Amos Oz: Writer, Activist, Icon

  • Review
By – September 26, 2023

As soon as Amos Oz could read, he sat down at his father’s type­writer and wrote the words Amos Klaus­ner sofer [writer].” He was five years old when he made the dec­la­ra­tion that would come to define his life. Robert Alter, a long-time friend of Oz and a pro­fes­sor emer­i­tus of Hebrew and com­par­a­tive lit­er­a­ture at Berke­ley, has cre­at­ed a por­trait of Oz using the writer’s own words and the words of those close to him. 

Much of the back­ground for Oz’s work can be found in A Tale of Love and Dark­ness, which he wrote when he entered his six­ties. Oz describes grow­ing up under the Man­date in a one-bed­room base­ment apart­ment in a run­down Jerusalem neigh­bor­hood. His par­ents, immi­grants who met at Hebrew Uni­ver­si­ty, were unsuit­ed for one anoth­er. His father was a pedan­tic aspir­ing schol­ar and a fol­low­er of the hard-right Herut par­ty; his moth­er was a sen­si­tive and roman­tic woman who told her son imag­i­na­tive and spooky sto­ries grew increas­ing­ly inward and dis­con­nect­ed. When Oz was twelve, she died by sui­cide, leav­ing an indeli­ble mark on her only child. Two years after her death, he left the sti­fling apart­ment in which he grew up and joined a kib­butz. He broke with his father polit­i­cal­ly and changed his sur­name from Klaus­ner to Oz, mean­ing strength.” He wrote A Tale after hav­ing kept his silence about his mother’s sui­cide, and his haunt­ing sense of aban­don­ment, for almost fifty years. 

Poet­ry was Oz’s ear­li­est genre. By age twen­ty he turned to fic­tion, but his poet­ic impulse is appar­ent all through­out his work. His first book, Where the Jack­als Howl, is a col­lec­tion of short sto­ries set in a kib­butz. Pub­lished when he was twen­ty-six, it marked the arrival of a new voice in Israeli fic­tion. Unlike the first gen­er­a­tion of native Hebrew writ­ers, Oz, while writ­ing in a mod­ern voice, also draws on tra­di­tion­al Hebrew. His lan­guage is rich in adjec­tives, some­times exces­sive­ly so; he had the abil­i­ty to cre­ate an extra­or­di­nary sense of place. Over the years, Oz respond­ed to crit­ics by ton­ing down his style, but his mas­ter­ful use of Hebrew remained a hall­mark of his work.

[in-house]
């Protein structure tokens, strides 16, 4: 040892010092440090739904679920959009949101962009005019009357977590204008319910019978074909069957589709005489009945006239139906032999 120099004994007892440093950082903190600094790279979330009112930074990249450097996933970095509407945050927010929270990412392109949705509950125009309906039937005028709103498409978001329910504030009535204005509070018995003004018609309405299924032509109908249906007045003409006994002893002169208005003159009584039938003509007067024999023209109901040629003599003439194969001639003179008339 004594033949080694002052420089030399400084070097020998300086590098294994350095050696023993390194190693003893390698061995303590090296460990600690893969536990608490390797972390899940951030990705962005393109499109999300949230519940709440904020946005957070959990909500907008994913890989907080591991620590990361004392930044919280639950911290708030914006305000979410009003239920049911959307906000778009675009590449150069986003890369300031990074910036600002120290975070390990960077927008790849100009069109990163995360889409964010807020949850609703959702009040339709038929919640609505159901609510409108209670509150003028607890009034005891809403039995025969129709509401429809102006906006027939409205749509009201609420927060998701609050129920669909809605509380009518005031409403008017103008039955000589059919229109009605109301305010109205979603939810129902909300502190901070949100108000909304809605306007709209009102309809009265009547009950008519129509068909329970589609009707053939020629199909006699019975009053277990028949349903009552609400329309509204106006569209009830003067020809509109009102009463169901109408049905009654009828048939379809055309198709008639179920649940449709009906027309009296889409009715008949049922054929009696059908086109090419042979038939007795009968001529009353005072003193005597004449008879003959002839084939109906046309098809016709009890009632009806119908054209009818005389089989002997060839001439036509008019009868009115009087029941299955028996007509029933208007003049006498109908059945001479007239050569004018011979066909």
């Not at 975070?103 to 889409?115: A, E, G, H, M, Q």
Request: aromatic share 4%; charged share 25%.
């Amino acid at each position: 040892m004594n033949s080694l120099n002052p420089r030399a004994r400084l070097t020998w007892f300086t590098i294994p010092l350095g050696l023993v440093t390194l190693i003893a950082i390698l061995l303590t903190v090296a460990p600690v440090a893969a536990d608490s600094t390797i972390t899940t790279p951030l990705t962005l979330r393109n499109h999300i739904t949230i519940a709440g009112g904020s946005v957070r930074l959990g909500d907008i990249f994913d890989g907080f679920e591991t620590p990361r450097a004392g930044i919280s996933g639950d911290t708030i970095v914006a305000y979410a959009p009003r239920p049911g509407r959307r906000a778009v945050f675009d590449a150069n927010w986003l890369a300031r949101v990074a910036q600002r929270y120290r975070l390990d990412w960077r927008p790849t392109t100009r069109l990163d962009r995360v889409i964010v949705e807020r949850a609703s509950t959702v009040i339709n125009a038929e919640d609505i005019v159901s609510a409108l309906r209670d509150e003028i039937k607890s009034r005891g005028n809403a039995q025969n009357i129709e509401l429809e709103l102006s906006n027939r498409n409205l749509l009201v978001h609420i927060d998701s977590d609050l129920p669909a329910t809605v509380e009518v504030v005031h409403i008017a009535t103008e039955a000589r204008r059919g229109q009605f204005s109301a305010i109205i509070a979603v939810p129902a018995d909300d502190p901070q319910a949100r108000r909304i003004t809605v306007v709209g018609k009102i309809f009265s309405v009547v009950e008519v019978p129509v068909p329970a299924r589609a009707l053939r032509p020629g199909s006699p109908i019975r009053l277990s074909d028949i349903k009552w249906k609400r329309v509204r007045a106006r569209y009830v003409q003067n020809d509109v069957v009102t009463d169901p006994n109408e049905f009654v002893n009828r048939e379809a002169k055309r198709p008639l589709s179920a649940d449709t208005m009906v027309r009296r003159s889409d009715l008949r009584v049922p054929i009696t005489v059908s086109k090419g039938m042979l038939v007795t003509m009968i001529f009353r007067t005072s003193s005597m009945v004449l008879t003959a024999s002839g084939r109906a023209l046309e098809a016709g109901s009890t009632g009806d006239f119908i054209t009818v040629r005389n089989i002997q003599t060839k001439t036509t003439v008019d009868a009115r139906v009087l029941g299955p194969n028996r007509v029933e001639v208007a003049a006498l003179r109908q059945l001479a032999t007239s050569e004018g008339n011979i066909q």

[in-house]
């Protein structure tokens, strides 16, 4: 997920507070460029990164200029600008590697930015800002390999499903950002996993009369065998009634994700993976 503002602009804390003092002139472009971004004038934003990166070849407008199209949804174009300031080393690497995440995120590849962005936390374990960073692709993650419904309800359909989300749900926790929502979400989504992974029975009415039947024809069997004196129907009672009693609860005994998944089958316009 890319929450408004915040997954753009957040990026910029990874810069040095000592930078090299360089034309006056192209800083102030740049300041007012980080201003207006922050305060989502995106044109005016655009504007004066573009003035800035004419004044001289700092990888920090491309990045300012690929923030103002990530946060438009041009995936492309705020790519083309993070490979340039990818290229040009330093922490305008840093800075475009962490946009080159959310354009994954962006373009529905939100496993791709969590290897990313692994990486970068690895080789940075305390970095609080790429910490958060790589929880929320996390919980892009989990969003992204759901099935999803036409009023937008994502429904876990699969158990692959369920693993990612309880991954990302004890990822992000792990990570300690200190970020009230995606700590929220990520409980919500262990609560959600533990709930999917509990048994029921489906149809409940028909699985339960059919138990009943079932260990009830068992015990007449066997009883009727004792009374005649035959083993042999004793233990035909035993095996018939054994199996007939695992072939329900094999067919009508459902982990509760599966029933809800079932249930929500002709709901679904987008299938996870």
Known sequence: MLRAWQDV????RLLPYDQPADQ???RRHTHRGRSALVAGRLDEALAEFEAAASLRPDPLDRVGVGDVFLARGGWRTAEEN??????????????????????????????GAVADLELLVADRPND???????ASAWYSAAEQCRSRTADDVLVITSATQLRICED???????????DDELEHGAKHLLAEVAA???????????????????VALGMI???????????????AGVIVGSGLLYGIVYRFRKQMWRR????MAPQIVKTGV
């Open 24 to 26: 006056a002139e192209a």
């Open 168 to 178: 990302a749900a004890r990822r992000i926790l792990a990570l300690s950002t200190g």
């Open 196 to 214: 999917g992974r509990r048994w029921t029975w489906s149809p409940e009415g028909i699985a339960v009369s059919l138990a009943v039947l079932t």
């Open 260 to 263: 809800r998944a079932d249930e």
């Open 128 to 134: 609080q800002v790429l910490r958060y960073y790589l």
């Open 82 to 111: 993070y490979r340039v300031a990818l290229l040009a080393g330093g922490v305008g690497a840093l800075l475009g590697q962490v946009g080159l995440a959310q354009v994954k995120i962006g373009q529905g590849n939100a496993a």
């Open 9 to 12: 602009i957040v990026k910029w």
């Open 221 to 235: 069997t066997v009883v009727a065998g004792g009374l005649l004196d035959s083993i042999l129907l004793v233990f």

From the time he was young, Oz was pas­sion­ate­ly engaged in Israel’s fraught sit­u­a­tion, as were the major Israeli nov­el­ists A. B. Yehoshua and David Gross­man. He lec­tured and wrote con­stant­ly — some­times one or two opin­ion pieces a week. A Zion­ist but also an opti­mist and a real­ist, he believed in the two-state solu­tion and hoped that the com­ing gen­er­a­tion might find the solu­tion to end­ing a cen­tu­ry of bit­ter hatred. We are not alone in this land,” he said. His biog­ra­ph­er sug­gests that, in the end, Oz may have seen his lega­cy not as a nov­el­ist but as an advo­cate for peace and resolution.

Alter brings to this infor­mal biog­ra­phy a por­trait rich in can­did mem­o­ries. He deals even­hand­ed­ly with Oz’s youngest daughter’s angry and painful break with him, as well as the pos­si­bil­i­ty that his mother’s death might have been an acci­den­tal over­dose. The book’s strength lies in Alter’s close read­ing of Oz’s work and in his per­son­al mem­o­ries of both their friend­ship and Oz’s pub­lic voice. Amos Oz is an inti­mate and mov­ing analy­sis of a com­pli­cat­ed man, a life­long activist, and one of Israel’s most promi­nent and wide­ly read authors. 

Maron L. Wax­man, retired edi­to­r­i­al direc­tor, spe­cial projects, at the Amer­i­can Muse­um of Nat­ur­al His­to­ry, was also an edi­to­r­i­al direc­tor at Harper­Collins and Book-of-the-Month Club.

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